In Arizona, Small Tribe Watches Warily as Supreme Court Takes Up Native Adoption Law

Karin Brulliard - Washington Post

PASCUA YAQUI INDIAN RESERVATION, Ariz. — Victor Cortez was just 5 months old when he was brought here from California by a tribal social worker, who placed the baby in the care of a relative after his mother was jailed for drug trafficking. Today, 16 and soft-spoken, Victor is a rising star among the Pascua Yaquis’ traditional dancers and is still living with that guardian, the only mother he’s ever known.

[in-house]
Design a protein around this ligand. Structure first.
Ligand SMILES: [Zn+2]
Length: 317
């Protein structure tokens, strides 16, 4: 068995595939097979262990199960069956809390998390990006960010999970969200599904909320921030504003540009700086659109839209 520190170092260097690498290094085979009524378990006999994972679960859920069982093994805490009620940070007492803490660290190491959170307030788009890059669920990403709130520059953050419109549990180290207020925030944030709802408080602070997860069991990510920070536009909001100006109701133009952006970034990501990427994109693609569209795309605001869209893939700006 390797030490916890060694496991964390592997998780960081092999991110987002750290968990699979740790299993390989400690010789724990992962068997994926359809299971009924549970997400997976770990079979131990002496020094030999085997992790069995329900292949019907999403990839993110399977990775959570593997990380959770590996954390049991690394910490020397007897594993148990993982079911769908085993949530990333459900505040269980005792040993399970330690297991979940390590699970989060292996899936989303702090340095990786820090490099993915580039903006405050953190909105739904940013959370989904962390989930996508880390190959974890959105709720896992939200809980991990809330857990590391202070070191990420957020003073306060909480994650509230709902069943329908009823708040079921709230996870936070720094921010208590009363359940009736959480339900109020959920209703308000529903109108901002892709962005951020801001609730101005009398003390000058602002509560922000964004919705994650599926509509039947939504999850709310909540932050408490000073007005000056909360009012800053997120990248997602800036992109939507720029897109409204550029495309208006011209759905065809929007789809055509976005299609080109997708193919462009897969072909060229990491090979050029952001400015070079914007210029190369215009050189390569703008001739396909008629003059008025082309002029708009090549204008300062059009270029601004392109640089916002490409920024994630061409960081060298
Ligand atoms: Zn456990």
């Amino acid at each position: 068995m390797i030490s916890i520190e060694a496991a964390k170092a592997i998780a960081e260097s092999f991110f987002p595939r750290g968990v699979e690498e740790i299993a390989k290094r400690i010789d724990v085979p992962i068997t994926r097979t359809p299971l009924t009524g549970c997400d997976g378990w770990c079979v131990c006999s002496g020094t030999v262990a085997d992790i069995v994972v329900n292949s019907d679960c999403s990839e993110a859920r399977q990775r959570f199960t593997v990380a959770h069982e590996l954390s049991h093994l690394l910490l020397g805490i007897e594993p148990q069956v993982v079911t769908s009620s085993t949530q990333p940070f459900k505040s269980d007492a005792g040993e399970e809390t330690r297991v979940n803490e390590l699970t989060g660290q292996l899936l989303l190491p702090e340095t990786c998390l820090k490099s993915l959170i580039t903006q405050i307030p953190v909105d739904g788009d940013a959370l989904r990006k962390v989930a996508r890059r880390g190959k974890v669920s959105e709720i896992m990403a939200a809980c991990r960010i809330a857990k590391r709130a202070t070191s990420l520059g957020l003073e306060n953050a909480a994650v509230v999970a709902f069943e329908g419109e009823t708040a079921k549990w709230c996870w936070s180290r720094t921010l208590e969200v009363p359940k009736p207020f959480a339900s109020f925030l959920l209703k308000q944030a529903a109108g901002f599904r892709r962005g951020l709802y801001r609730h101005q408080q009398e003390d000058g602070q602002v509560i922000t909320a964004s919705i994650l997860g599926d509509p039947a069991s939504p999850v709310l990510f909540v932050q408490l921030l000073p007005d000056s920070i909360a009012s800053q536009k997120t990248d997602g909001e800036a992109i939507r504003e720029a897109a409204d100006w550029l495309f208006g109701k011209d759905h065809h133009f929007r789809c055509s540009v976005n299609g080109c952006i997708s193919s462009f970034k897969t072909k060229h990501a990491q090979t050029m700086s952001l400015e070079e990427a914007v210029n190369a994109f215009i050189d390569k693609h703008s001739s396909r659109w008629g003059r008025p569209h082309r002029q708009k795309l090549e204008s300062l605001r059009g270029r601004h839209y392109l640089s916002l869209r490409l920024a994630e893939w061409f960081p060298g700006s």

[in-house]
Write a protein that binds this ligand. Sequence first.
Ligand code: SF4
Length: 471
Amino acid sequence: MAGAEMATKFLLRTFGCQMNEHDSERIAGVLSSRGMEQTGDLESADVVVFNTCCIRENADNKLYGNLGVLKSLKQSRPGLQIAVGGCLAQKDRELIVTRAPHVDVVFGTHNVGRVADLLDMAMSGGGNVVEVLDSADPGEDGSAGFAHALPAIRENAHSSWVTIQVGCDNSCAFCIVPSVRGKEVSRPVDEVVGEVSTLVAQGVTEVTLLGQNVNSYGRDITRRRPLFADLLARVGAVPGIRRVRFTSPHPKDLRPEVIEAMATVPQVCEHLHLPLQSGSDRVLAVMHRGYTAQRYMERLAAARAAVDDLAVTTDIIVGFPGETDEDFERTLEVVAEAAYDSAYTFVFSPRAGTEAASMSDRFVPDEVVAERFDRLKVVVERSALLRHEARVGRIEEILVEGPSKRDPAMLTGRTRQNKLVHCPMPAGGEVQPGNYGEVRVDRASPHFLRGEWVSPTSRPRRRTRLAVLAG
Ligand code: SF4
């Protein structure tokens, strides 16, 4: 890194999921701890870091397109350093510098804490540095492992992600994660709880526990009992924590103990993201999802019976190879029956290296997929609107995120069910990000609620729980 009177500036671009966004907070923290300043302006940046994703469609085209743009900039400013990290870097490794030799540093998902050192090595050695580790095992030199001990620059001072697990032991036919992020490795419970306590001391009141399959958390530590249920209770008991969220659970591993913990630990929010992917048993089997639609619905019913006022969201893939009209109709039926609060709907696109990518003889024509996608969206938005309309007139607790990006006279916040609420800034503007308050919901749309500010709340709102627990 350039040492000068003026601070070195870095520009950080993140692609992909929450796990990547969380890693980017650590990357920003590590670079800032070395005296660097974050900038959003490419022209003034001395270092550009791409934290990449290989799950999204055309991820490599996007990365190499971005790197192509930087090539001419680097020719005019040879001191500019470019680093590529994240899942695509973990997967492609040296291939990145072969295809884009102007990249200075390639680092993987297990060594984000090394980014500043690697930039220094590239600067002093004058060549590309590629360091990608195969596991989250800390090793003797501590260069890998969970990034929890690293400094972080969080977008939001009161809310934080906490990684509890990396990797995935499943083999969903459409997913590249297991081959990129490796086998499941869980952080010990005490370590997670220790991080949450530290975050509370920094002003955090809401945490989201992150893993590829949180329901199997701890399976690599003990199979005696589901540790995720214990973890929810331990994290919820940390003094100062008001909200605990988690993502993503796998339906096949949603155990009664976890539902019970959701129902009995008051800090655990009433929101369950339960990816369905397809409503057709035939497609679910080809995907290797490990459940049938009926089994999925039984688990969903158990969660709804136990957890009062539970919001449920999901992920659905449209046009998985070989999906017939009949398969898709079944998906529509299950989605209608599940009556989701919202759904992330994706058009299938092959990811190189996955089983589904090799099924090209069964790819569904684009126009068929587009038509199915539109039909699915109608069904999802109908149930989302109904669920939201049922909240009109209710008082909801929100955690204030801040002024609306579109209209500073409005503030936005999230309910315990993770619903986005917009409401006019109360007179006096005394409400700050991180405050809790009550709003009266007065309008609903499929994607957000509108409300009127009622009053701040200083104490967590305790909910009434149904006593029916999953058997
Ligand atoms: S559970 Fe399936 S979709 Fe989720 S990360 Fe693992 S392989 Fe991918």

Victor is also known as an “ICWA kid,” a label that includes a familiar acronym here — one that refers to a landmark Indian law whose fate is on the line at the U.S. Supreme Court on Wednesday. The Indian Child Welfare Act governs foster care and adoptions involving Native American children, prioritizing placing them with relatives, fellow tribal members or in other Native homes.